Critics of industrial pollution are thankful for the Environmental Sustainability Index bringing about reform for environmental policy.
The Environmental Sustainability Index brings reform for environmental policy.
Critics of industrial pollution have long been held at bay with the argument that what's good for the environment is bad for business. Enter the Environmental Sustainability Index (ESI), a statistical tool that just may end the debate over the negative effects of environmental standards on economic growth and bring reform for environmental policy. Developed by the Yale Center for Environmental Law and Policy (YCELP) and the Columbia University Center for International Earth Science Information Network (CIESIN), the ESI promises to significantly influence environmental public policy worldwide.
"There are some people," says CIESIN project team leader Marc Levy, "who would argue that you either get rich or get clean. With the index, we've ruled this out. It's just not true that as the environment improves the economy suffers." Indeed, the index reveals that countries with strict environmental protections often have high economic growth, although Levy points out that without further research, "correlation does not prove causation."
The ESI compares 56 countries around the world in terms of five basic components: the status of the current ecosystem; the stresses on that system; the effects of changes in the ecosystem on people and society; the political framework in a country that enables it to respond to environmental challenges; and the degree to which a country cooperates with other countries to reduce environmental impact. These components are then broken down into 64 specific variables — such as percentage of energy drawn from alternative power sources and number of threatened species — in order to determine a country's overall ESI value.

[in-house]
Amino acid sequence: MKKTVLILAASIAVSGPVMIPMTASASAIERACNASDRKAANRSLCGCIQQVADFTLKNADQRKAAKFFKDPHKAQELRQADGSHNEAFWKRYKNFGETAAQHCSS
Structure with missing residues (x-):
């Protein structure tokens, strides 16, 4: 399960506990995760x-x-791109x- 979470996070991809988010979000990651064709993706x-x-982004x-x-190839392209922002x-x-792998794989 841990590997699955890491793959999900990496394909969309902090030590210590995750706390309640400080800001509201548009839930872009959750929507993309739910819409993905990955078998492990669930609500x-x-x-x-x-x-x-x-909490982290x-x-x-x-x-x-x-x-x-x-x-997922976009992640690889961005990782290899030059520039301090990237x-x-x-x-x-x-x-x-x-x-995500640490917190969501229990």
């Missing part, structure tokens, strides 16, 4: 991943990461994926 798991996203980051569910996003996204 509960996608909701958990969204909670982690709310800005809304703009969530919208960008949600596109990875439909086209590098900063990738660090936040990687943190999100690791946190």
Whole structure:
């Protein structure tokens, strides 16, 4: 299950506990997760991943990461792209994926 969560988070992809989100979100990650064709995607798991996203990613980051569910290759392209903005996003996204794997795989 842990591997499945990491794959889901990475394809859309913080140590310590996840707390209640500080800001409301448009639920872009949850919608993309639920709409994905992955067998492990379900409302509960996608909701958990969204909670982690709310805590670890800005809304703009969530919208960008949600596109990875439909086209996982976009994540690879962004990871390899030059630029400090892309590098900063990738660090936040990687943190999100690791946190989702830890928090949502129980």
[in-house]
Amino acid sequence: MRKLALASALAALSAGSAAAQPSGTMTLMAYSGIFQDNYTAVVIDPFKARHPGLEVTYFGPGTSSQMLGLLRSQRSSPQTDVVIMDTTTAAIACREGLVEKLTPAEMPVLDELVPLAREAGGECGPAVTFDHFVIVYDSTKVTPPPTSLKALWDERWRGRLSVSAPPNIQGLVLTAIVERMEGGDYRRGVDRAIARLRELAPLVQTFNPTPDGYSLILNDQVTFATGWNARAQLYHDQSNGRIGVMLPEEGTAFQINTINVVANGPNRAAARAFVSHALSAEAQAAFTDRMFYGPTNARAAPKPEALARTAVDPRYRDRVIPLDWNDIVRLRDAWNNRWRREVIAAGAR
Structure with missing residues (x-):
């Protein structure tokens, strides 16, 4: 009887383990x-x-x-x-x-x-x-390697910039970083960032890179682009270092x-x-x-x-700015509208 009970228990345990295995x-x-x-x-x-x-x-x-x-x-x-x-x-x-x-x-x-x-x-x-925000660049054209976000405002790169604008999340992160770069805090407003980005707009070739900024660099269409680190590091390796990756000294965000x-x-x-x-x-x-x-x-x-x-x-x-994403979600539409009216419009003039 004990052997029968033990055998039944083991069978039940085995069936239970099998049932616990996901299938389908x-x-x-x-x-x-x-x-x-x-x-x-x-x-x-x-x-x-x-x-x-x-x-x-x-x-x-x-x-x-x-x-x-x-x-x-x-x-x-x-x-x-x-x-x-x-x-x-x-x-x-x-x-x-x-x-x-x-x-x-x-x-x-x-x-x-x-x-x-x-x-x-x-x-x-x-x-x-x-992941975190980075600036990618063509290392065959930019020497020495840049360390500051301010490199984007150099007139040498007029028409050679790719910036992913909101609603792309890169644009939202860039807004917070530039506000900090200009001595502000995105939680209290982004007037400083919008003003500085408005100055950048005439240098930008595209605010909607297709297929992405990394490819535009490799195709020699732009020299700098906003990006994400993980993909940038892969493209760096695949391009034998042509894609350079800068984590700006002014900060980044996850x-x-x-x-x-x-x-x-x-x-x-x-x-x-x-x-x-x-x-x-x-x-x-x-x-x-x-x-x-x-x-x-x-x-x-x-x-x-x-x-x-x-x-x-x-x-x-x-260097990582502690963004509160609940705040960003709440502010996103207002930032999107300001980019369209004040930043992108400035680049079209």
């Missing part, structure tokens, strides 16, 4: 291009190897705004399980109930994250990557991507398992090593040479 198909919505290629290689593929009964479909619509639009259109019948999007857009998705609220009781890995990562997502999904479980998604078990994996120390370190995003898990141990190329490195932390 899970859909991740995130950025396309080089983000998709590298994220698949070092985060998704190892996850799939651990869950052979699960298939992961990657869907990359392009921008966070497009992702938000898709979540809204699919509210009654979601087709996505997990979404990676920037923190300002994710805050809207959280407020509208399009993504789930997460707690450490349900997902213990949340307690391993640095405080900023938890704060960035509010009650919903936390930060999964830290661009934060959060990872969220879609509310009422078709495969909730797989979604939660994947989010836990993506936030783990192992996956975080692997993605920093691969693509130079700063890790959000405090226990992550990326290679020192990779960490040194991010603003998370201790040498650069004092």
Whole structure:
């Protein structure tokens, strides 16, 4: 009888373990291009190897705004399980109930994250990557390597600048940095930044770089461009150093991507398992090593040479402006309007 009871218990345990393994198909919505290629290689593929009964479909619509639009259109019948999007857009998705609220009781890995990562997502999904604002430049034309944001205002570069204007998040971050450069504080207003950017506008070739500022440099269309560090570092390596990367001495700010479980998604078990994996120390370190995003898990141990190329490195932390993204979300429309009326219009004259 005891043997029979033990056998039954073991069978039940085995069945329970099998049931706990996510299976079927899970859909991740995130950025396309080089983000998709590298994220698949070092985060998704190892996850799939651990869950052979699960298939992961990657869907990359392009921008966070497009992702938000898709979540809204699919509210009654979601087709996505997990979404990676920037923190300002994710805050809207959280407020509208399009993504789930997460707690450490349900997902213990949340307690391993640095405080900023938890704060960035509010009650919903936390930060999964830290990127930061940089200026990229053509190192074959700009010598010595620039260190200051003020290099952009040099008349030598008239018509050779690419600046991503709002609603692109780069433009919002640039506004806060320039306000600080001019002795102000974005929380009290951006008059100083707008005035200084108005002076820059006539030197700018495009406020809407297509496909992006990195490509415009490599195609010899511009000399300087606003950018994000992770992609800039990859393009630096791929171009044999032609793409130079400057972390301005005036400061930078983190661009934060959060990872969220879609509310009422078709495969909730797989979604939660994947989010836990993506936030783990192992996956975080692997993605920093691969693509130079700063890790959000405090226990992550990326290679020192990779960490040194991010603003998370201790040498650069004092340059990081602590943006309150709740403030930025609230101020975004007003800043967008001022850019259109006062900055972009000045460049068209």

Proponents of the ESI would like to see it serve as an annual benchmark for measuring trends. "Currently environmental policy initiatives aren't grounded in data and facts," says Levy, "and we suffer as a consequence. People want to put their efforts where it matters most, but until now it's been just guesswork."
By eliminating much of the uncertainty in policy-making, the report may both highlight the need and clear the way for real reform, while underscoring the fact that a stable economy requires the careful management of all of a country's resources, not least of all the environment.
— Peter Carter